Yet the women in this production are the strongest and smartest in this world, perhaps because Richard’s transparent misogyny has forced them to mature. Lady Anne (a truculent, wise-beyond-her-years Joanna Vanderham) bites back at Richard when he tries to woo her, every bit his match in wit and toughness. When he succeeds in persuading this grieving widow to marry him, it’s less an act of domination than a meeting of equals — or so he temporarily leads Anne to believe. Queen Elizabeth is not so easily intimidated by Richard, so he exerts his dominance with sexual aggression.
Goold’s blocking is particularly elegant, allowing every movement on stage to be about the battle for power. Goold pairs Richard’s verbal authority with physical dominance by positioning him downstage left with a direct line to the audience. When managing his henchman Buckingham (a chilling Finbar Lynch), Richard lets him reside downstage right, in what seems to be the position of an equal — but he never gets our ear. As Richard begins his downfall, Goold increasingly confines him to downstage right, while his rival Richmond (Tom Canton) gains ground downstage left and delivers his speeches straight to us.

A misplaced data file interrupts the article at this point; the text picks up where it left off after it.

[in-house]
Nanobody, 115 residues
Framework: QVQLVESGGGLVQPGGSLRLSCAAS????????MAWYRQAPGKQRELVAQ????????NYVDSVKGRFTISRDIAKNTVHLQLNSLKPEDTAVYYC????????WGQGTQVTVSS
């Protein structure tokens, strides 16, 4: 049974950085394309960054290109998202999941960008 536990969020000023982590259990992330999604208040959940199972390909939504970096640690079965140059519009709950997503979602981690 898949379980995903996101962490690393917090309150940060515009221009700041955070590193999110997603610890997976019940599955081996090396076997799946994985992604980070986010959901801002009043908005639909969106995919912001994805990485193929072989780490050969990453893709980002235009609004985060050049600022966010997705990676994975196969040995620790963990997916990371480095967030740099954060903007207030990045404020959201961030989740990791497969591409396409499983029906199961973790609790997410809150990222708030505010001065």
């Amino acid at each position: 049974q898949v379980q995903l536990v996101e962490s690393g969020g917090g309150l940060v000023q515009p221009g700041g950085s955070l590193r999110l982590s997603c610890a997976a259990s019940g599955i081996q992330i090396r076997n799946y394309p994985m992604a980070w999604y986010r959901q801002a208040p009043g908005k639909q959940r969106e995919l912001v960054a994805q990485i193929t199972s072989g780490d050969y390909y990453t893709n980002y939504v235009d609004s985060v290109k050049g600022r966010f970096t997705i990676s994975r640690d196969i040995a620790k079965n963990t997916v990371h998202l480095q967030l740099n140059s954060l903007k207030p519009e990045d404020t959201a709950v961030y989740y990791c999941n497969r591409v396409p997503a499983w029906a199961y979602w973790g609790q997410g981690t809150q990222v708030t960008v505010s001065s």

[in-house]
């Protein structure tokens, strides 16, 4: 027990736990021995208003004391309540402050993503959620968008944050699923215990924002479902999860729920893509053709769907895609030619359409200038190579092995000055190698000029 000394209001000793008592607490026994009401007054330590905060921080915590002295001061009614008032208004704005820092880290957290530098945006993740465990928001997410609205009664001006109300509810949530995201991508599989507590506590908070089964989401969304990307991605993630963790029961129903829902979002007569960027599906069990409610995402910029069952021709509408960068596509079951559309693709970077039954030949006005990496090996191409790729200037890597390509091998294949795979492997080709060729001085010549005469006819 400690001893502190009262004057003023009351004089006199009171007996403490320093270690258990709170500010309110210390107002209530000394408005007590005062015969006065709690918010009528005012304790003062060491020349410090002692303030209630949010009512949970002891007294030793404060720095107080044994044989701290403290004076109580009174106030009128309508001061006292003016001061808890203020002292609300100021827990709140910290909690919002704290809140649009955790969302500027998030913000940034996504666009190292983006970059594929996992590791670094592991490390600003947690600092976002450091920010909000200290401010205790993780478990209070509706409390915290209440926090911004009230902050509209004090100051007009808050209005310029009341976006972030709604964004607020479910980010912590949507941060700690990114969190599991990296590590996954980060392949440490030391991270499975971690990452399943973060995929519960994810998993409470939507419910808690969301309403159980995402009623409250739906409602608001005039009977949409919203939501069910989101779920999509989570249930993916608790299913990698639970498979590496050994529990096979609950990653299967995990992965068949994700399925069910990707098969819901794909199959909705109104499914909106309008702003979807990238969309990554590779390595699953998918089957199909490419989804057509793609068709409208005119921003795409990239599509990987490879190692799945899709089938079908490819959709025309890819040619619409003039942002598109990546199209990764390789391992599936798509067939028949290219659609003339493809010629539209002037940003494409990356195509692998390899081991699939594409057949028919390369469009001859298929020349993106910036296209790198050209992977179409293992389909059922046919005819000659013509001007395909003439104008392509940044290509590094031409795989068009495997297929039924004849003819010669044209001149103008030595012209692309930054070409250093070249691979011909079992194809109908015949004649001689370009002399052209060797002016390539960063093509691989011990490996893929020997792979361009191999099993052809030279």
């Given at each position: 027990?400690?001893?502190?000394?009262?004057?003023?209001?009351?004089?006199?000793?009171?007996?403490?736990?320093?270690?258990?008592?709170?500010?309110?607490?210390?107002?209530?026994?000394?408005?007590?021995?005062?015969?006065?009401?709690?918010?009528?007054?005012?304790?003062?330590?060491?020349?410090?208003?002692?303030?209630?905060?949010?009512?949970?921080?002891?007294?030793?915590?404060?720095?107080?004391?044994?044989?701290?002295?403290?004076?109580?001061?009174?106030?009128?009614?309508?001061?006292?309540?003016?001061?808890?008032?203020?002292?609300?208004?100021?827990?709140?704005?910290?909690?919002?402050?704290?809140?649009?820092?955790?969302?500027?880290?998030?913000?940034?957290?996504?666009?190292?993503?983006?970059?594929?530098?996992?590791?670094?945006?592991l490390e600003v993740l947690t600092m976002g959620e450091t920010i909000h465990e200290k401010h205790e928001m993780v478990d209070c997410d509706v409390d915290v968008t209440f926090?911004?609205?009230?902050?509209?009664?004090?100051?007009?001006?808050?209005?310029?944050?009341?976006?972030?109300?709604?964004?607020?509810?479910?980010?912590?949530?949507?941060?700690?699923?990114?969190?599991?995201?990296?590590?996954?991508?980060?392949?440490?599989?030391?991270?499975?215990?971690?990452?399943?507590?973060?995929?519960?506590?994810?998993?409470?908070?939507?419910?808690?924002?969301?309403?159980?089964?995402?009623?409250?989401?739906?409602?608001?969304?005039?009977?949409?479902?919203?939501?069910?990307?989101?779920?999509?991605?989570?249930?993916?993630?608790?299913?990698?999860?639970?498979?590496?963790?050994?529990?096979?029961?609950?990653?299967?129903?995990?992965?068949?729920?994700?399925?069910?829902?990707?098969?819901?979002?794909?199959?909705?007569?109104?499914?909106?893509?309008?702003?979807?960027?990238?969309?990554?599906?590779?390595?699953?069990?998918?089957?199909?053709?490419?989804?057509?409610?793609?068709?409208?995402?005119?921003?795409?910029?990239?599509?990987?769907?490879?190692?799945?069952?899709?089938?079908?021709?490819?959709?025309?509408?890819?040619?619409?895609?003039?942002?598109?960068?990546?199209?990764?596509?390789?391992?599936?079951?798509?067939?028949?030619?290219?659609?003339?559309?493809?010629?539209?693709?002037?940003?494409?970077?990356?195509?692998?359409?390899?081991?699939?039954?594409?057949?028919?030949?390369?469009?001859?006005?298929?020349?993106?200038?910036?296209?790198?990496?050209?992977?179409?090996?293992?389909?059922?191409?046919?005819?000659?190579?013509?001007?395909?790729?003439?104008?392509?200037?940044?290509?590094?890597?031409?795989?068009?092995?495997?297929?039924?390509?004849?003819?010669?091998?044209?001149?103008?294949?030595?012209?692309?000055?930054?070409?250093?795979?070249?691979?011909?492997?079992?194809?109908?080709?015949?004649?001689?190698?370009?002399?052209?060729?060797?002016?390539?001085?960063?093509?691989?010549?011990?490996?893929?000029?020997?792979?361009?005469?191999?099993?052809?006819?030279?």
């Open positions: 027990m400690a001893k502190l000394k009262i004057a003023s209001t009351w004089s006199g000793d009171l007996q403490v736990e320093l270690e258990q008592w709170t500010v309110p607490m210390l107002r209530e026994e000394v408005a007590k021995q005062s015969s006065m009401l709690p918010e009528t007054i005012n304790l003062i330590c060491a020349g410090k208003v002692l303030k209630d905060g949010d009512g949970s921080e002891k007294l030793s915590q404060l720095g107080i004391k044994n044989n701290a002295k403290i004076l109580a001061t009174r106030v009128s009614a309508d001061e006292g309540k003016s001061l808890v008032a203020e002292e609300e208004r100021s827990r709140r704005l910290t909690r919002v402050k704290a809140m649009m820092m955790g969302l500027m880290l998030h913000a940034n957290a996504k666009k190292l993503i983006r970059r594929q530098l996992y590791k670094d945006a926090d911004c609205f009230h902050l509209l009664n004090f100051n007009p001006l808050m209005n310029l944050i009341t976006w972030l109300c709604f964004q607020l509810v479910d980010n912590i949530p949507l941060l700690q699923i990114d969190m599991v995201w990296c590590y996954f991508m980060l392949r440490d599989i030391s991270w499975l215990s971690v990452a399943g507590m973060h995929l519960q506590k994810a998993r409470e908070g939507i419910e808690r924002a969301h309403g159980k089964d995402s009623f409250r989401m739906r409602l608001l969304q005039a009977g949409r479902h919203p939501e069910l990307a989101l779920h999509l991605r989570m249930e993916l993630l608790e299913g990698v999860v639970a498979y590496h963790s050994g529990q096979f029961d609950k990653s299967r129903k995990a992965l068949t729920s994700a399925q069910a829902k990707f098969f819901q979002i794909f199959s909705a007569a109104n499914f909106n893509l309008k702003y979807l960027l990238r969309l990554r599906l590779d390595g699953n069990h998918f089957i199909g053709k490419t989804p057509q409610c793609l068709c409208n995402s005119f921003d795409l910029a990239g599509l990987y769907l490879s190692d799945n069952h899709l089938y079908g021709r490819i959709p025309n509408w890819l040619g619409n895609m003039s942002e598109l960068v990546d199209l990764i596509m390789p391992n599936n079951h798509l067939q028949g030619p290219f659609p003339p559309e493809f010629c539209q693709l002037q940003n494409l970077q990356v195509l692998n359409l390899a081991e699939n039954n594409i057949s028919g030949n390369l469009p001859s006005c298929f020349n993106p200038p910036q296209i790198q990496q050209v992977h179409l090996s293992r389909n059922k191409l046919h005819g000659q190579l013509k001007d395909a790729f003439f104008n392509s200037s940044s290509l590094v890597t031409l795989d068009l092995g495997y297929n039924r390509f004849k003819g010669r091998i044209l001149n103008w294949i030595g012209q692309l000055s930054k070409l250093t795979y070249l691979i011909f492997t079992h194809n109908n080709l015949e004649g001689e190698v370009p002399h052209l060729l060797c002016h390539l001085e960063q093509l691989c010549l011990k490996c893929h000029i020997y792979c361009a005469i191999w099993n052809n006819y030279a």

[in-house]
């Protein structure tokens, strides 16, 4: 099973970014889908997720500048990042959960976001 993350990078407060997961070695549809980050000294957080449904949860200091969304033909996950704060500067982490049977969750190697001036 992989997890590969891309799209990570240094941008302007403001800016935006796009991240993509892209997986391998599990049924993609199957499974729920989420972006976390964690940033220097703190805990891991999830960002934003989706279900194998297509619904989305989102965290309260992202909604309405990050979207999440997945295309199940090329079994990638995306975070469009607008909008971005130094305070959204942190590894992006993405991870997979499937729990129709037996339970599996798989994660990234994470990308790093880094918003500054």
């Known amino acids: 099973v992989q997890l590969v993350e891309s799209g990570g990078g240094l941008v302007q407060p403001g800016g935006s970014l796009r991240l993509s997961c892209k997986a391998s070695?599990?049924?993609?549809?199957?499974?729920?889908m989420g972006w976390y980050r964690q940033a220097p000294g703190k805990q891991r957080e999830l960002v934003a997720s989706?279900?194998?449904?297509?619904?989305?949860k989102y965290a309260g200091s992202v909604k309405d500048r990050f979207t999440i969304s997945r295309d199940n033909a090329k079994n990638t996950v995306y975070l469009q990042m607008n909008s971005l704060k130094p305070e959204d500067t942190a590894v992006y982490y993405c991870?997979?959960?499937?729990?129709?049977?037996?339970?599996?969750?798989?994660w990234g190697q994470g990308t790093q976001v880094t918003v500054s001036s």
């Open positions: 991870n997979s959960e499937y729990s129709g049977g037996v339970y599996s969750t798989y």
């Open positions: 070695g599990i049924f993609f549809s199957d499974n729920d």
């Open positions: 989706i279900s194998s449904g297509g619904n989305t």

Although Fiennes’ often despicable Richard is one of the darkest versions of the character I’ve seen, he’s still utterly magnetic. In Richard’s ascent to the throne, it’s a mischievous flicker in Fiennes’ eye that signals he is up to no good. It’s also Fiennes’ eyes, often downward cast, that reveal how easily Richard can be hurt. Once he gets comfortable enough, he doesn’t just bully his enemies with his words but by the force with which they’re delivered: spitting them out with a fury that makes even Fiennes’ terrifying, killing-machine Coriolanus, seem almost timid. Fiennes’ Richard has something to prove where Coriolanus didn’t, and he’s louder and more brutal because of it.
Listen to the 21st Folio episodes about Richard III on film with McKellen and Olivier